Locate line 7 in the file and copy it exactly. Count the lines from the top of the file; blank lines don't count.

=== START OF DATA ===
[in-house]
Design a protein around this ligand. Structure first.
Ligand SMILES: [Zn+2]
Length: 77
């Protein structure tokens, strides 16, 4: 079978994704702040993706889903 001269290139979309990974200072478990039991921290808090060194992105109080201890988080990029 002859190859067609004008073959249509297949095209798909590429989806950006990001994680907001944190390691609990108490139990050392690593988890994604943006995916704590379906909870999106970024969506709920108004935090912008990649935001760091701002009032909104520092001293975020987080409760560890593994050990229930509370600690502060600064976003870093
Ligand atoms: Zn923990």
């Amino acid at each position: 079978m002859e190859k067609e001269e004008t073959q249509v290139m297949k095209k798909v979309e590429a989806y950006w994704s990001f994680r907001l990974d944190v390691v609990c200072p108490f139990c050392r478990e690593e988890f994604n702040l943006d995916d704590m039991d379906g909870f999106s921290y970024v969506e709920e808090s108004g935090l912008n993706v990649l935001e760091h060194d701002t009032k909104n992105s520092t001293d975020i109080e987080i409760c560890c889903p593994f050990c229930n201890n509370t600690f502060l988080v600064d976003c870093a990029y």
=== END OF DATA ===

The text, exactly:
């Amino acid at each position: 079978m002859e190859k067609e001269e004008t073959q249509v290139m297949k095209k798909v979309e590429a989806y950006w994704s990001f994680r907001l990974d944190v390691v609990c200072p108490f139990c050392r478990e690593e988890f994604n702040l943006d995916d704590m039991d379906g909870f999106s921290y970024v969506e709920e808090s108004g935090l912008n993706v990649l935001e760091h060194d701002t009032k909104n992105s520092t001293d975020i109080e987080i409760c560890c889903p593994f050990c229930n201890n509370t600690f502060l988080v600064d976003c870093a990029y």